PostgreSQL tends to be the good boy in the classroom in our tests when it comes to scaling behaviour, and this review is no exception. After the messy diagrams of MySQL it is a relief to see the straight lines of PostgreSQL that run according to what might be expected: up to four cores, the 2.66GHz Clovertown is a little slower than the 3.0GHz Woodcrest, and we see that the performance of a single quad-core is just a little below that of a double quad-core. However, pitted against two quad-cores, Woodcrest doesn't hold up and we break the 750 requests per second barrier for the first time. On average, heavy loads make Melrow's Clovertown machine 19% faster than the current database server of our forum, GoT. Although the result is clearly better than those achieved with MySQL, it is a little meagre when the price difference is taken into consideration, as well the higher TDP and the average gains that we saw in other benchmarks.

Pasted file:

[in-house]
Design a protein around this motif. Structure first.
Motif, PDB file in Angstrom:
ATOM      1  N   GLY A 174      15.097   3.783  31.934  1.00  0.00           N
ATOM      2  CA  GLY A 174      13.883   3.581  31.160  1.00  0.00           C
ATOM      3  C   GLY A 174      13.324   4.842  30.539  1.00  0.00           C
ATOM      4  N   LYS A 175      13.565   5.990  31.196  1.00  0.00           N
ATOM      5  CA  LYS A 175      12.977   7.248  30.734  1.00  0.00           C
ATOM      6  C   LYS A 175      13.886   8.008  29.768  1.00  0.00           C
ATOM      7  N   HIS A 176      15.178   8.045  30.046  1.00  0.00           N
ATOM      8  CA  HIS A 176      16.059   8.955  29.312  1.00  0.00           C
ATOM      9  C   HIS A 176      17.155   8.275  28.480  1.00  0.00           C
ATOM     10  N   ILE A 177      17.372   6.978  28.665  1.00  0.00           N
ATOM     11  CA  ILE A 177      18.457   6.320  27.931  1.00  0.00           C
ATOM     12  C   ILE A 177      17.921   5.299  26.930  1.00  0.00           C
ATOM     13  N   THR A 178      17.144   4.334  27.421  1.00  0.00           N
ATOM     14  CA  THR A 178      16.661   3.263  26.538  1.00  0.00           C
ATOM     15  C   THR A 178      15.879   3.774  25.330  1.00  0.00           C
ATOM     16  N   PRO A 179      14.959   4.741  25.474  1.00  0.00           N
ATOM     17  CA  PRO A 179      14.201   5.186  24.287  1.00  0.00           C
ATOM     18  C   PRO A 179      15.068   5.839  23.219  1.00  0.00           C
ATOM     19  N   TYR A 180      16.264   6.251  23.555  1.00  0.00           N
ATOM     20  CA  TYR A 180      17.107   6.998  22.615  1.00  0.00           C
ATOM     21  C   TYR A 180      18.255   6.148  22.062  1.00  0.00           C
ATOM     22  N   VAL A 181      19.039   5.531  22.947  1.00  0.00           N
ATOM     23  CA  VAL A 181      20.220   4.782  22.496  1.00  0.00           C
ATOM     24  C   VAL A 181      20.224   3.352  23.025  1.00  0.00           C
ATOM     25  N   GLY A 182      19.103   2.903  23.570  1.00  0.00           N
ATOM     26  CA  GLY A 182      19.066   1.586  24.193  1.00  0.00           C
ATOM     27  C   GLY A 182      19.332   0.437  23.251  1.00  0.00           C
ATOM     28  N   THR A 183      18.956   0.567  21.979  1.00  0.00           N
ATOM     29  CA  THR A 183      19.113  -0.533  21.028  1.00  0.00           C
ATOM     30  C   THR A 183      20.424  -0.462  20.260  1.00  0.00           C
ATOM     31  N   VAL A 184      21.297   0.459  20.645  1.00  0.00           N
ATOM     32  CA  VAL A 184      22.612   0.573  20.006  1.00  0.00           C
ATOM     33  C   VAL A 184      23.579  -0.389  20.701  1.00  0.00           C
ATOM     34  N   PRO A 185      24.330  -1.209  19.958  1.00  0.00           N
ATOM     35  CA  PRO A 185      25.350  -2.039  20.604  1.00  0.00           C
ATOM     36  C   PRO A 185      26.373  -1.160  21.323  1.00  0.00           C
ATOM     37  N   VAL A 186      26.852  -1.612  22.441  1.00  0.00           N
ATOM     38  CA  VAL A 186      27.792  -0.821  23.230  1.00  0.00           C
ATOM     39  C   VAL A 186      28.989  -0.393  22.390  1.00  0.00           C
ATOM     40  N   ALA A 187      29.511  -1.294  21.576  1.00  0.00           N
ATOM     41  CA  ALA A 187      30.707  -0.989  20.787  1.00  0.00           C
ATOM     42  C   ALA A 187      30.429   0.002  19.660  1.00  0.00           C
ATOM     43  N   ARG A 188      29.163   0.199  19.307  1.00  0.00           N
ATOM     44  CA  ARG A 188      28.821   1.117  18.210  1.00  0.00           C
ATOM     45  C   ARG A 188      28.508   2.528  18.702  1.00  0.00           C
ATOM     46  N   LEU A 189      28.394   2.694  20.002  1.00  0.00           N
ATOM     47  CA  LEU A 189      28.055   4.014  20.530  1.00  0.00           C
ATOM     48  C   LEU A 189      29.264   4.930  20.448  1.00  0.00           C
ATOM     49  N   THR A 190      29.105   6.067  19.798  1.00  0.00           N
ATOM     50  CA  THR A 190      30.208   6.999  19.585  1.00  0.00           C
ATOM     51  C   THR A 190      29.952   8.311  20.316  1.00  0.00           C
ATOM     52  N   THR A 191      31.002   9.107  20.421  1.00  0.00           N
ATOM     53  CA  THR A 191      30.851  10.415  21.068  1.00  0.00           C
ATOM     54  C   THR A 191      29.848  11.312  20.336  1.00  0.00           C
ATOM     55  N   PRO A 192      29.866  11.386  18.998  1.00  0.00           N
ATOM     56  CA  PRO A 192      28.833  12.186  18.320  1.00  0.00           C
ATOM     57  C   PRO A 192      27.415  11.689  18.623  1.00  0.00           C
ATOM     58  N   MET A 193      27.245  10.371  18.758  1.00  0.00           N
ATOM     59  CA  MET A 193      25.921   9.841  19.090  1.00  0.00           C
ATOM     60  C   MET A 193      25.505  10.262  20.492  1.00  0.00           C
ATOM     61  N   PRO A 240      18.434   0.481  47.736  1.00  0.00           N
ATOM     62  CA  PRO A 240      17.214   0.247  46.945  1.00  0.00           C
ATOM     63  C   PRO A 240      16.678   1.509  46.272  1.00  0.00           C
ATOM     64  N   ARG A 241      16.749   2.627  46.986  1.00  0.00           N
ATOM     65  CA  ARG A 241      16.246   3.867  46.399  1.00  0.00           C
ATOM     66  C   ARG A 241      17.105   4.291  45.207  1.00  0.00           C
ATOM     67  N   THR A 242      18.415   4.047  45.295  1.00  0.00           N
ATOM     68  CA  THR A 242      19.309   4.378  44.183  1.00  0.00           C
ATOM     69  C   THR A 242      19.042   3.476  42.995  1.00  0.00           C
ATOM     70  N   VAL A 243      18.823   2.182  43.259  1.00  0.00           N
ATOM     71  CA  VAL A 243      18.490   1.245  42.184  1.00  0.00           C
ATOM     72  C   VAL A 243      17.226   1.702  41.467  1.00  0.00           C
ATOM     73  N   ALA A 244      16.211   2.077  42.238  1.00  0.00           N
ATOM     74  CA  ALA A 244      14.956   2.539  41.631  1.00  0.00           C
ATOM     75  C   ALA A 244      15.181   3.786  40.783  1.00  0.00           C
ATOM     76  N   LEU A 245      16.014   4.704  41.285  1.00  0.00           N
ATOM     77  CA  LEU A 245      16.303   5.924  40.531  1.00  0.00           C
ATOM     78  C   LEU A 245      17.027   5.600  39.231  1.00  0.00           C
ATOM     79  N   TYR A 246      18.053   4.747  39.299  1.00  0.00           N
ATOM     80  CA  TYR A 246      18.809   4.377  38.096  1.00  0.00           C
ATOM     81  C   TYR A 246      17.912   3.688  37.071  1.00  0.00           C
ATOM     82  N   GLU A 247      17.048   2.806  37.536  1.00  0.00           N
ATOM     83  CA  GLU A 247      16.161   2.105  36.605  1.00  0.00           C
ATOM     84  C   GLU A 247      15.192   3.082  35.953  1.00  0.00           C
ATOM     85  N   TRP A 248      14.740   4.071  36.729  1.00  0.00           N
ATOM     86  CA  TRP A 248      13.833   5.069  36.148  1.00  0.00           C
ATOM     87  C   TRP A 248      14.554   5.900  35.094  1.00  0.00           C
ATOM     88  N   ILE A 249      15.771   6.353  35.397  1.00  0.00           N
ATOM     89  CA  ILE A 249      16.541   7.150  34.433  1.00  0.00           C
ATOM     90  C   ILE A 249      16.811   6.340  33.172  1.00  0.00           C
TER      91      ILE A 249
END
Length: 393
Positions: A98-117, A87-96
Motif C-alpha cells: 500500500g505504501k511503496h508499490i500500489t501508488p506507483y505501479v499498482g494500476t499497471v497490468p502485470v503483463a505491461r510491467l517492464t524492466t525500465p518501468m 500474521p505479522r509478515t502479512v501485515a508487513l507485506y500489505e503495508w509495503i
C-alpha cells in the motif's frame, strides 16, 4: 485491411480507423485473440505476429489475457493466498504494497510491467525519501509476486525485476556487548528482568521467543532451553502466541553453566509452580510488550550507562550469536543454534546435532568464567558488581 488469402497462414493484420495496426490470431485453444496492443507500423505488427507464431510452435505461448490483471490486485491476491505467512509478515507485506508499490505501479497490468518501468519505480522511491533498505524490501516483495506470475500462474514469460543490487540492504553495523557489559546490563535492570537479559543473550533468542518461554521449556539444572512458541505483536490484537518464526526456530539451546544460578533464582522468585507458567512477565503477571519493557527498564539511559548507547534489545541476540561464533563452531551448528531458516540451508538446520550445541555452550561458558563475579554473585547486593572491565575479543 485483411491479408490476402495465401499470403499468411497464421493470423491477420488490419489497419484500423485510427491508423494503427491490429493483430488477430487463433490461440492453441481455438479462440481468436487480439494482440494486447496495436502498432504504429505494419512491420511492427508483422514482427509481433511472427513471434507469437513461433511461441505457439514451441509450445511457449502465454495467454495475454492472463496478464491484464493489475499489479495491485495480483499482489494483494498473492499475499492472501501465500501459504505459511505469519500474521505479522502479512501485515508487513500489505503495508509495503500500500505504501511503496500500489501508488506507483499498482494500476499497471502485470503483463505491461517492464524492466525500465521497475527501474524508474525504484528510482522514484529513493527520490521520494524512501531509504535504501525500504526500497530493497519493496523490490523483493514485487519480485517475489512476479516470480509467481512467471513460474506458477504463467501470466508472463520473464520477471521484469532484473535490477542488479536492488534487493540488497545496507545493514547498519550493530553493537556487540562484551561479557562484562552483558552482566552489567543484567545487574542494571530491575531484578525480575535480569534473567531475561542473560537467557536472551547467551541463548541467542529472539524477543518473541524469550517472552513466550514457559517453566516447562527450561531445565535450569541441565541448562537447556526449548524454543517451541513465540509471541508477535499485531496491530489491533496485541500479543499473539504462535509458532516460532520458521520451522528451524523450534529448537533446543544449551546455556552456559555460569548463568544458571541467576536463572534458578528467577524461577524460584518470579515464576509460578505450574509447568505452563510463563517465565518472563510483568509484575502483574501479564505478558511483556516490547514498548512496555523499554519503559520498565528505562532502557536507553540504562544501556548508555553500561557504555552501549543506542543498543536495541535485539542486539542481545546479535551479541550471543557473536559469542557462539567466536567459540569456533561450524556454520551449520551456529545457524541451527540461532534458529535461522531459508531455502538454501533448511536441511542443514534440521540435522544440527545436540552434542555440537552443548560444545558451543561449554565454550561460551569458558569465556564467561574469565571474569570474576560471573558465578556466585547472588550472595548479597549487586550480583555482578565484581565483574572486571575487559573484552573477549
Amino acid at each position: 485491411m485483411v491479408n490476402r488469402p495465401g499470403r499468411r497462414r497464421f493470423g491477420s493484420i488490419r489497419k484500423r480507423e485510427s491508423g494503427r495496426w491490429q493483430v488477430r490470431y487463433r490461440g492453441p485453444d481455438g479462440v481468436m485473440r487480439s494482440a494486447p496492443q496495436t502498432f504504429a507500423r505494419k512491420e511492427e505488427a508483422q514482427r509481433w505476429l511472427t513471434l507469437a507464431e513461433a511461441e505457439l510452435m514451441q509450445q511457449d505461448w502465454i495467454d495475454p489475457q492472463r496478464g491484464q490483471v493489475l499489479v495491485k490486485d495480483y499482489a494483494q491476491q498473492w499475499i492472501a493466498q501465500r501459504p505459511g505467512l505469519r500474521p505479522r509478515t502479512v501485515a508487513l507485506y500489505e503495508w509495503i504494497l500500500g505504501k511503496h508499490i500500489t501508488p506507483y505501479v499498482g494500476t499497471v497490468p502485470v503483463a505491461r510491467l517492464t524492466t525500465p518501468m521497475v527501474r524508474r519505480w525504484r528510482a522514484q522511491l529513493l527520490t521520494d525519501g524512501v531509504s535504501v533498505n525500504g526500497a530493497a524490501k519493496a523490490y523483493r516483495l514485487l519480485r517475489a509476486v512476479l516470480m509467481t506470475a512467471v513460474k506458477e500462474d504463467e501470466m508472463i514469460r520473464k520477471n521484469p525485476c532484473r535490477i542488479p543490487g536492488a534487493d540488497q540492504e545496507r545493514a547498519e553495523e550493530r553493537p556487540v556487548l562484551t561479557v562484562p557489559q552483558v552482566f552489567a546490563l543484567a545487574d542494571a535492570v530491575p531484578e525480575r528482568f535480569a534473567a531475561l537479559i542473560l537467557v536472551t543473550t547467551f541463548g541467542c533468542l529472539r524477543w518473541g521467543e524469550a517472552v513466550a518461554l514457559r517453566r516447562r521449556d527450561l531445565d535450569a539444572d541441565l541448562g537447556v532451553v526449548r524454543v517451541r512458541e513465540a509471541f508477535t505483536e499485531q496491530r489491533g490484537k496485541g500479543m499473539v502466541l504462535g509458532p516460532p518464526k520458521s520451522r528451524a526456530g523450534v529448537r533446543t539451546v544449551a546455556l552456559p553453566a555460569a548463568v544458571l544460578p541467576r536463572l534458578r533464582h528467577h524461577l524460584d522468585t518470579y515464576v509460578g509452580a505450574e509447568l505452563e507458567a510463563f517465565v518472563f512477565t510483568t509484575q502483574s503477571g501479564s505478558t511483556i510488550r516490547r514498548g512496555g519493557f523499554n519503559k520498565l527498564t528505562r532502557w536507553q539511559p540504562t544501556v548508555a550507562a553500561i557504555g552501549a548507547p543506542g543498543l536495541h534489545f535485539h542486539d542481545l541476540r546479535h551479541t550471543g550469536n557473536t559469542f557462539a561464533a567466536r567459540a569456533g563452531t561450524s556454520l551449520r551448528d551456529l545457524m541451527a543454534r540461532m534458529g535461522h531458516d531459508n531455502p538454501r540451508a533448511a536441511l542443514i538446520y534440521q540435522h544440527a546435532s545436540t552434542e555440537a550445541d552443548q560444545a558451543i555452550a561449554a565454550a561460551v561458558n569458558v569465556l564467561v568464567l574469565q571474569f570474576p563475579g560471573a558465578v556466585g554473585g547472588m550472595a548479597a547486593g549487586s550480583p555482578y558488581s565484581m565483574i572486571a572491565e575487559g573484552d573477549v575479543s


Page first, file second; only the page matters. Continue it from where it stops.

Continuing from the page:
Fully loaded, the server consumes 355 Watts. On average, the use of PostgreSQL allowed 448.726 pages to be served in ten minutes, making for a performance/Watt ratio of 1264. Unfortunately, there's nothing out there yet to compare this to. The results we published earlier were obtained using an older version of the Linux kernel, while the new one is clearly better. A coarse estimate based on figures that we do have indicates that Clovertown will probably offer slightly better performance per Watt than the 2.66GHz dual-core.